QUITO, Ecuador — As a military helicopter circled overhead, a volunteer clown in a red rubber nose sang a nonsense song to laughing children outside a public theater.

Volunteers inside handed juice and sandwiches to members of the Shuar people newly arrived from the Amazon rainforest. Some had black face paint and hand-carved wooden spears that poked above the indigenous demonstrators who’ve taken over the sprawling state-run complex known as the Casa de la Cultura.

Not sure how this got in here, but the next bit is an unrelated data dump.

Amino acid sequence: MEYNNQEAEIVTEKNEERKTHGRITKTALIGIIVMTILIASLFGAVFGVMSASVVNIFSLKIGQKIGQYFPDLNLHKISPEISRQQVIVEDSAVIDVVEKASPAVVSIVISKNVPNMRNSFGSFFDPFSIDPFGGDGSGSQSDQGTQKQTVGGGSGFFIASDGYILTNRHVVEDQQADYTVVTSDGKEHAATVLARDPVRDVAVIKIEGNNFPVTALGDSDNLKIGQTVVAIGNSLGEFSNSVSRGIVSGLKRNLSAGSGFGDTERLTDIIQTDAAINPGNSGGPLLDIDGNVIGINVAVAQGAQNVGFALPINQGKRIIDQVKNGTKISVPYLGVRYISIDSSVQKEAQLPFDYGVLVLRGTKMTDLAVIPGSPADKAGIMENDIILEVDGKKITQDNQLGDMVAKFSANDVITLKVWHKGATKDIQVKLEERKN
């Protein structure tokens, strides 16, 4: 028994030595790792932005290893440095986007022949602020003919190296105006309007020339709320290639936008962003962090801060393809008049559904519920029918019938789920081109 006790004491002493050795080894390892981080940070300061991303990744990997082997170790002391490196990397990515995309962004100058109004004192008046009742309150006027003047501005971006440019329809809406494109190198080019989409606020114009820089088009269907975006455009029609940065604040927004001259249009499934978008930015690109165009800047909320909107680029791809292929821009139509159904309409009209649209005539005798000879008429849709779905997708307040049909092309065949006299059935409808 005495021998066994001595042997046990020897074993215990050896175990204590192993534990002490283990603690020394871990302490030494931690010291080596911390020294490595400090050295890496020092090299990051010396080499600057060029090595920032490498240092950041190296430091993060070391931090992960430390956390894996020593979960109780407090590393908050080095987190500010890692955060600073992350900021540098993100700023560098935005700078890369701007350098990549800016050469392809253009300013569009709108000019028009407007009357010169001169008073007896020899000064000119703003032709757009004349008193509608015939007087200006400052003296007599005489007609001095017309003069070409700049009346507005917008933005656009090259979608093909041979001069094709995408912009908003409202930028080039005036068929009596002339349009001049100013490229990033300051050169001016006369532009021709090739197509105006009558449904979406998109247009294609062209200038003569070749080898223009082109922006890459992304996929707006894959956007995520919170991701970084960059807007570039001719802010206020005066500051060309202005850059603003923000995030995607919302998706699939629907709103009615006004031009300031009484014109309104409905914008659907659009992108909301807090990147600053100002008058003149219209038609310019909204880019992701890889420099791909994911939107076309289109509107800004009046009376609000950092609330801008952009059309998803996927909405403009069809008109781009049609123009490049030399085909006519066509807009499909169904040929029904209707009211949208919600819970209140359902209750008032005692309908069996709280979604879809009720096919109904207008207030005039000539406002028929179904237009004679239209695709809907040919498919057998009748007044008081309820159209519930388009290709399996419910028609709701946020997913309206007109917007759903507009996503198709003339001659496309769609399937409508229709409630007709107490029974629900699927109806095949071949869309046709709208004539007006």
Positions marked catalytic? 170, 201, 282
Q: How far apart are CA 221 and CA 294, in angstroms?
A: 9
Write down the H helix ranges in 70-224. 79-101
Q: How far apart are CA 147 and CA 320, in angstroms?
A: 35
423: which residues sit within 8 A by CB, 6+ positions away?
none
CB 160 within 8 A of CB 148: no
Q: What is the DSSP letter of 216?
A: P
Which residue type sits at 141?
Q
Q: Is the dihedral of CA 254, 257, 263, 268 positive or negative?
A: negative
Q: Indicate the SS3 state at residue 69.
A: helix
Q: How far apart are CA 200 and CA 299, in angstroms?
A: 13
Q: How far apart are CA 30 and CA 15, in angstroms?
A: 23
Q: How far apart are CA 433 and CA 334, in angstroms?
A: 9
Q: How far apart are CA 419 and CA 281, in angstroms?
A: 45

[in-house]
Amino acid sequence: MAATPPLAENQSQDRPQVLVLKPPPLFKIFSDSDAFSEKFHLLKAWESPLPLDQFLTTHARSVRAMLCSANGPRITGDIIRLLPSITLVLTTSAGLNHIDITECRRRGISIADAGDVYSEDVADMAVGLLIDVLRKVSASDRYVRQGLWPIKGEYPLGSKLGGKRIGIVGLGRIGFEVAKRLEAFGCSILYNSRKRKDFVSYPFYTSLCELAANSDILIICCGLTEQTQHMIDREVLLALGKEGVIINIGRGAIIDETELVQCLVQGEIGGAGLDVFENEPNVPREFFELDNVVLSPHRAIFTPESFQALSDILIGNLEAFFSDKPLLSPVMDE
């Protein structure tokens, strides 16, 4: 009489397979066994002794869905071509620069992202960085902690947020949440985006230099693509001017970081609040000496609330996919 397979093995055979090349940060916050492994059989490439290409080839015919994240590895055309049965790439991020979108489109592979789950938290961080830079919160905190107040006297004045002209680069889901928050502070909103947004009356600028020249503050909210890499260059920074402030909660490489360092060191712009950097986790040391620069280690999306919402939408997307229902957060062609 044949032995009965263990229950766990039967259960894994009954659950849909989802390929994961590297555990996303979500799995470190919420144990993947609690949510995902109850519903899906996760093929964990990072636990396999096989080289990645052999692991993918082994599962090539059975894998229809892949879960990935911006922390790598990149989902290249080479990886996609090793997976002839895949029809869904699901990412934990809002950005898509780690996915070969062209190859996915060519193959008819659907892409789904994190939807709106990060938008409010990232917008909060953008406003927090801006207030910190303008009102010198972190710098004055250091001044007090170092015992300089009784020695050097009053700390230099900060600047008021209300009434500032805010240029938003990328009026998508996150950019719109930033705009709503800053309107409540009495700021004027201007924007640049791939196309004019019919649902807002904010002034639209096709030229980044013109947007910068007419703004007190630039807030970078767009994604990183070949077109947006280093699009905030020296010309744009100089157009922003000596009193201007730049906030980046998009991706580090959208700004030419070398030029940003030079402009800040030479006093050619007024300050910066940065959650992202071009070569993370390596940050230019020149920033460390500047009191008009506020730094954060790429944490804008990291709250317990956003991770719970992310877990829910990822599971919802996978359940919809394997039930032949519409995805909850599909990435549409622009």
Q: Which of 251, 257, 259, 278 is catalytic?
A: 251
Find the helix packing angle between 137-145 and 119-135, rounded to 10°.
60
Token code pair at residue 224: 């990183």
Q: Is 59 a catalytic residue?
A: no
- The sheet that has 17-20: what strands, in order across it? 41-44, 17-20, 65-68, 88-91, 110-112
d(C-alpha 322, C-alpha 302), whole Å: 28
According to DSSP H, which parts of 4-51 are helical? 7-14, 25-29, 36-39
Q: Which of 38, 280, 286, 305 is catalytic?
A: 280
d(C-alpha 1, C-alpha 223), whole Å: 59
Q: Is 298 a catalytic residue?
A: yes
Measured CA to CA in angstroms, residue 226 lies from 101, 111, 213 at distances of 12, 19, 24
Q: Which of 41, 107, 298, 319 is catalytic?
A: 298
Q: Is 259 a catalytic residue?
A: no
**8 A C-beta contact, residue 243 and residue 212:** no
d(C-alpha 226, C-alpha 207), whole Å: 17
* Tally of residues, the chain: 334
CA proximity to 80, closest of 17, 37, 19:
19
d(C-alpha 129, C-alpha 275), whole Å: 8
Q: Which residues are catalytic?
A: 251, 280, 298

A few blocks away, groups of young, stone-throwing…



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